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The word is…. learn

January 7, 2016

...well said

Ancient church mothers and fathers often greeted one another with the phrase, “Give me a word.” This greeting led to the sharing of insights and wisdom. Today we continue this tradition with this monthly column.

learn

By Mandy Sayers
Pastor, Covenant UMC, Gaithersburg

We don’t know too much about Jesus’ boyhood. There’s that bit about his parents losing track of him in Jerusalem when he was 12, of course, but not too much other than that. We do know, however, that he “grew in wisdom and stature.” (Luke 2:52). He didn’t stay a babe, wrapped in swaddling cloths. He grew up and learned to walk and talk, and eventually met his ministry down by the Jordan River, where he was baptized by John.

Just as Jesus grew in wisdom, we are also called to grow and learn. As we start a new year, where is God calling us to “grow in wisdom?” How can we give thanks for all the teachers who have helped us come this far by faith? And how are we being called to invest in those coming behind us, to help them grow and learn?

I tell the folks at our church that I make a dozen mistakes before breakfast, most days, but I promise them to learn from those mistakes. I tell them I will try not to make the same mistake twice. Instead, I resolve to make new ones.

I am trying hard to learn, in this work, and in my life, so that I’ll be a “better person today than I was yesterday” (something our bishop prays about himself each day). My prayer is, if I cannot be “better,” at least maybe I’ll be a little wiser, a little more faithful, or someone more willing to take risks for the Gospel today than yesterday.

If I’m going to make a new mistake every day, I better get busy with trying new things.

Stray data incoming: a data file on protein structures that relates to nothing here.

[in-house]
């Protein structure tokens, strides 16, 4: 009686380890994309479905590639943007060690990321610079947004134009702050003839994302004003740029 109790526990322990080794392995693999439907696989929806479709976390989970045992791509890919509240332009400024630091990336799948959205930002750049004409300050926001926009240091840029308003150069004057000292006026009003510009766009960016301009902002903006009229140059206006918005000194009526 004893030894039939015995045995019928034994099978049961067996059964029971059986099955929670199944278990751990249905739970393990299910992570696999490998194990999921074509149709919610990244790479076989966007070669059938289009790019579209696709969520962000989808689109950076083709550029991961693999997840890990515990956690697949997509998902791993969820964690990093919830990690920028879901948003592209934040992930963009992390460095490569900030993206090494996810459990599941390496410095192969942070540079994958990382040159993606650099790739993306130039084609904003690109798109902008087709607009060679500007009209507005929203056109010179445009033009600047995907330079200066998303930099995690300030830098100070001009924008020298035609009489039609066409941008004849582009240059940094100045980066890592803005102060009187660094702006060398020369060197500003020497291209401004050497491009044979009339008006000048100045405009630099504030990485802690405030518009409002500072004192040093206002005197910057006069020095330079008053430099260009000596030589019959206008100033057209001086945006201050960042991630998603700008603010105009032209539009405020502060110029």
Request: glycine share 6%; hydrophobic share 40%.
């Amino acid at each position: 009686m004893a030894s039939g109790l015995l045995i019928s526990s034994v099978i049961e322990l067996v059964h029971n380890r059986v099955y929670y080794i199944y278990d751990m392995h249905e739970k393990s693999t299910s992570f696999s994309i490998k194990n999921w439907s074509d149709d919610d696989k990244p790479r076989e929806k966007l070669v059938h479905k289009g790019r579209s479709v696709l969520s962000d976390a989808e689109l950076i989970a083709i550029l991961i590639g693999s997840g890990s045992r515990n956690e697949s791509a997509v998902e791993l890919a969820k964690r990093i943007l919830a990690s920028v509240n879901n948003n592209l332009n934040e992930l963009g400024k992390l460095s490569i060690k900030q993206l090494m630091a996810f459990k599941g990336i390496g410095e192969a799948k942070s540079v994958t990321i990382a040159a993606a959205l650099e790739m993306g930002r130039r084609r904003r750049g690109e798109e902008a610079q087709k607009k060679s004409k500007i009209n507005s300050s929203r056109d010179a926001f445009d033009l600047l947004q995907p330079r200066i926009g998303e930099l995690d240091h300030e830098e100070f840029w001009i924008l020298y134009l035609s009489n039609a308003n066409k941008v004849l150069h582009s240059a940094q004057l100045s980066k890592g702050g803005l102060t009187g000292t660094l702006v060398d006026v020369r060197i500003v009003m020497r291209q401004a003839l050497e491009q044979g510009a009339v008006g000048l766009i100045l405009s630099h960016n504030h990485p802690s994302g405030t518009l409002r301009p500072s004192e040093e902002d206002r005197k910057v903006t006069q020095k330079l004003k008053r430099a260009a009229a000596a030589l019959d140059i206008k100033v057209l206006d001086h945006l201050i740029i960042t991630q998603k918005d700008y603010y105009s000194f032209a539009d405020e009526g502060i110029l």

Learning is the antidote to ignorance and fear. It can help us build bridges between human beings, as we learn about the hopes, needs and dreams of others. It unlocks the Divine Image in the learner, as that person goes on to create the next “new thing” God has in mind. It helps us see new possibilities and potential, and it can mediate God’s blessing in the life of another, as learning becomes clean water, or medicine or friendships between people who used to be enemies.

In the New Year, let us not just “resolve” about things. Let’s learn, and put that learning into practice, for the sake of the new world God brought us on that first Christmas Day.

By Daryl Williams
Pastor, St. Paul UMC, Oxon Hill

One of my favorite movies of all time is “Men In Black.” It wasn’t the special effects, the plot or the acting that made me fall in love with the movie. The thing that made me fall in love with it was one speech. Early in the movie, Tommy Lee Jones’ character is speaking with Will Smith’s character and says the following: “A person is smart. People are dumb, panicky, dangerous animals and you know it. Fifteen hundred years ago, everybody knew the Earth was the center of the universe. Five hundred years ago, everybody knew the Earth was flat. And 15 minutes ago you knew that humans were alone on this planet. Imagine what you’ll know tomorrow.”

What struck me then about that quote is the truth contained in it. The quote made me resolve that I did not want to be a dumb, panicky dangerous animal. I wanted to be a smart person. It was in that moment that I decided that I would make learning a life-long objective. I decided that year by year, I wanted to learn more to make sure that I was like the person described in Proverbs 18:15, which says, “Intelligent people are always ready to learn. Their ears are open for knowledge.”

Being always ready to learn requires three things: desire, opportunity and exposure. It all starts with desire. You have to want to learn. That desire comes from wanting to know more, so you can do more and ultimately be more.

Secondly, you have to have or make opportunities to learn; you have to find opportunities to learn. Sometimes that means going back to school, sometimes it simply means turning off the TV and reading a book or listening to a podcast.

Finally, you have to have exposure. We can get comfortable knowing the same people and doing the same things which makes our world more narrow. When we desire to learn, we have to expose ourselves to new things. We have to go to new places, meet new people and experience new things. All that exposure will broaden your world and let you learn.

This year, become a Proverbs 18:15 person. Well-up the desire, take the opportunity, and expose yourself to new things so that you can be ready to learn. The difference between who you are on Jan. 1, 2016, and who you will be on Jan. 1, 2017, is what you will learn in between.

Take the next 366 days and go learn.

 

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